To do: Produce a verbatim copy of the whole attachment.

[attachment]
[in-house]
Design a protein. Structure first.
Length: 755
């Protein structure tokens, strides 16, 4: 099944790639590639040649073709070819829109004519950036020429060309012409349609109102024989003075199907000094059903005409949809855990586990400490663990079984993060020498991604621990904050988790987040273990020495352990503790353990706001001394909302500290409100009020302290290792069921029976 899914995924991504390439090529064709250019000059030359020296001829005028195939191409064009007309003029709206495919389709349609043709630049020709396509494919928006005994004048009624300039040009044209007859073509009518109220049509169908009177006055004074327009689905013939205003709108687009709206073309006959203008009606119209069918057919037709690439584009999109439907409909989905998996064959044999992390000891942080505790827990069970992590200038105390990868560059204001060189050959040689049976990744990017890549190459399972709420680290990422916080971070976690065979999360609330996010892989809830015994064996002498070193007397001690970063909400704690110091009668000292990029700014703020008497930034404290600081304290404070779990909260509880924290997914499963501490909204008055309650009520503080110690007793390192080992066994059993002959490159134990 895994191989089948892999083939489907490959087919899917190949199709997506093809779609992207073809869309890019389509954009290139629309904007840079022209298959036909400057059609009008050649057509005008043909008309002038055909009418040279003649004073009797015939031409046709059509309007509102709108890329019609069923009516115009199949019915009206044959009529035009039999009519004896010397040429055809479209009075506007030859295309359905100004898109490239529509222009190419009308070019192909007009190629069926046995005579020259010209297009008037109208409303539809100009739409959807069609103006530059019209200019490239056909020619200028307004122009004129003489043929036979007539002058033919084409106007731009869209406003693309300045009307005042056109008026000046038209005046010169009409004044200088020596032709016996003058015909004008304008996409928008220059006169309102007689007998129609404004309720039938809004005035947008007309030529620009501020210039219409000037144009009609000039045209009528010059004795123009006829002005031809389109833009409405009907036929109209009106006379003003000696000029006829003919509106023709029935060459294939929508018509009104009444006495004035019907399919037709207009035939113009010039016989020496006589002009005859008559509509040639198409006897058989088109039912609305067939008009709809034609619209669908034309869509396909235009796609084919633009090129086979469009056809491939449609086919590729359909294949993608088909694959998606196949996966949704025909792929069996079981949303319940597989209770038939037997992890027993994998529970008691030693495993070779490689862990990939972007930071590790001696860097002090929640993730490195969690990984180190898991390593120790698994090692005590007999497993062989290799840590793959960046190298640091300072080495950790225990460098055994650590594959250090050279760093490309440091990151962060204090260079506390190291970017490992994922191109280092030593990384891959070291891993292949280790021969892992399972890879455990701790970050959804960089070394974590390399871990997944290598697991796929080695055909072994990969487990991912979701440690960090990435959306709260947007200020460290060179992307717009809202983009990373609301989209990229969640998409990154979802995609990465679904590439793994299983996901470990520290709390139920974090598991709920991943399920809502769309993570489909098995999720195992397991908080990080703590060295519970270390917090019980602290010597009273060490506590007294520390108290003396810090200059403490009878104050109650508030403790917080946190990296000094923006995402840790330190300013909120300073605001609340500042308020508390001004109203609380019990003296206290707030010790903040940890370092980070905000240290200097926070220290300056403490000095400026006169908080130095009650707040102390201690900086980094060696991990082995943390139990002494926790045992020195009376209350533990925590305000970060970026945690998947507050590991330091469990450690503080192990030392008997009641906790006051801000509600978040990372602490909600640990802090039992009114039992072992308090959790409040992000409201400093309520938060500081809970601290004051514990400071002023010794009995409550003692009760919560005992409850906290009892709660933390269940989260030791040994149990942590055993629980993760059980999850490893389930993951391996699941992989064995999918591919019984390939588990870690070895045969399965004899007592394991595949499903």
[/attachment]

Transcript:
[in-house]
Design a protein. Structure first.
Length: 755
């Protein structure tokens, strides 16, 4: 099944790639590639040649073709070819829109004519950036020429060309012409349609109102024989003075199907000094059903005409949809855990586990400490663990079984993060020498991604621990904050988790987040273990020495352990503790353990706001001394909302500290409100009020302290290792069921029976 899914995924991504390439090529064709250019000059030359020296001829005028195939191409064009007309003029709206495919389709349609043709630049020709396509494919928006005994004048009624300039040009044209007859073509009518109220049509169908009177006055004074327009689905013939205003709108687009709206073309006959203008009606119209069918057919037709690439584009999109439907409909989905998996064959044999992390000891942080505790827990069970992590200038105390990868560059204001060189050959040689049976990744990017890549190459399972709420680290990422916080971070976690065979999360609330996010892989809830015994064996002498070193007397001690970063909400704690110091009668000292990029700014703020008497930034404290600081304290404070779990909260509880924290997914499963501490909204008055309650009520503080110690007793390192080992066994059993002959490159134990 895994191989089948892999083939489907490959087919899917190949199709997506093809779609992207073809869309890019389509954009290139629309904007840079022209298959036909400057059609009008050649057509005008043909008309002038055909009418040279003649004073009797015939031409046709059509309007509102709108890329019609069923009516115009199949019915009206044959009529035009039999009519004896010397040429055809479209009075506007030859295309359905100004898109490239529509222009190419009308070019192909007009190629069926046995005579020259010209297009008037109208409303539809100009739409959807069609103006530059019209200019490239056909020619200028307004122009004129003489043929036979007539002058033919084409106007731009869209406003693309300045009307005042056109008026000046038209005046010169009409004044200088020596032709016996003058015909004008304008996409928008220059006169309102007689007998129609404004309720039938809004005035947008007309030529620009501020210039219409000037144009009609000039045209009528010059004795123009006829002005031809389109833009409405009907036929109209009106006379003003000696000029006829003919509106023709029935060459294939929508018509009104009444006495004035019907399919037709207009035939113009010039016989020496006589002009005859008559509509040639198409006897058989088109039912609305067939008009709809034609619209669908034309869509396909235009796609084919633009090129086979469009056809491939449609086919590729359909294949993608088909694959998606196949996966949704025909792929069996079981949303319940597989209770038939037997992890027993994998529970008691030693495993070779490689862990990939972007930071590790001696860097002090929640993730490195969690990984180190898991390593120790698994090692005590007999497993062989290799840590793959960046190298640091300072080495950790225990460098055994650590594959250090050279760093490309440091990151962060204090260079506390190291970017490992994922191109280092030593990384891959070291891993292949280790021969892992399972890879455990701790970050959804960089070394974590390399871990997944290598697991796929080695055909072994990969487990991912979701440690960090990435959306709260947007200020460290060179992307717009809202983009990373609301989209990229969640998409990154979802995609990465679904590439793994299983996901470990520290709390139920974090598991709920991943399920809502769309993570489909098995999720195992397991908080990080703590060295519970270390917090019980602290010597009273060490506590007294520390108290003396810090200059403490009878104050109650508030403790917080946190990296000094923006995402840790330190300013909120300073605001609340500042308020508390001004109203609380019990003296206290707030010790903040940890370092980070905000240290200097926070220290300056403490000095400026006169908080130095009650707040102390201690900086980094060696991990082995943390139990002494926790045992020195009376209350533990925590305000970060970026945690998947507050590991330091469990450690503080192990030392008997009641906790006051801000509600978040990372602490909600640990802090039992009114039992072992308090959790409040992000409201400093309520938060500081809970601290004051514990400071002023010794009995409550003692009760919560005992409850906290009892709660933390269940989260030791040994149990942590055993629980993760059980999850490893389930993951391996699941992989064995999918591919019984390939588990870690070895045969399965004899007592394991595949499903």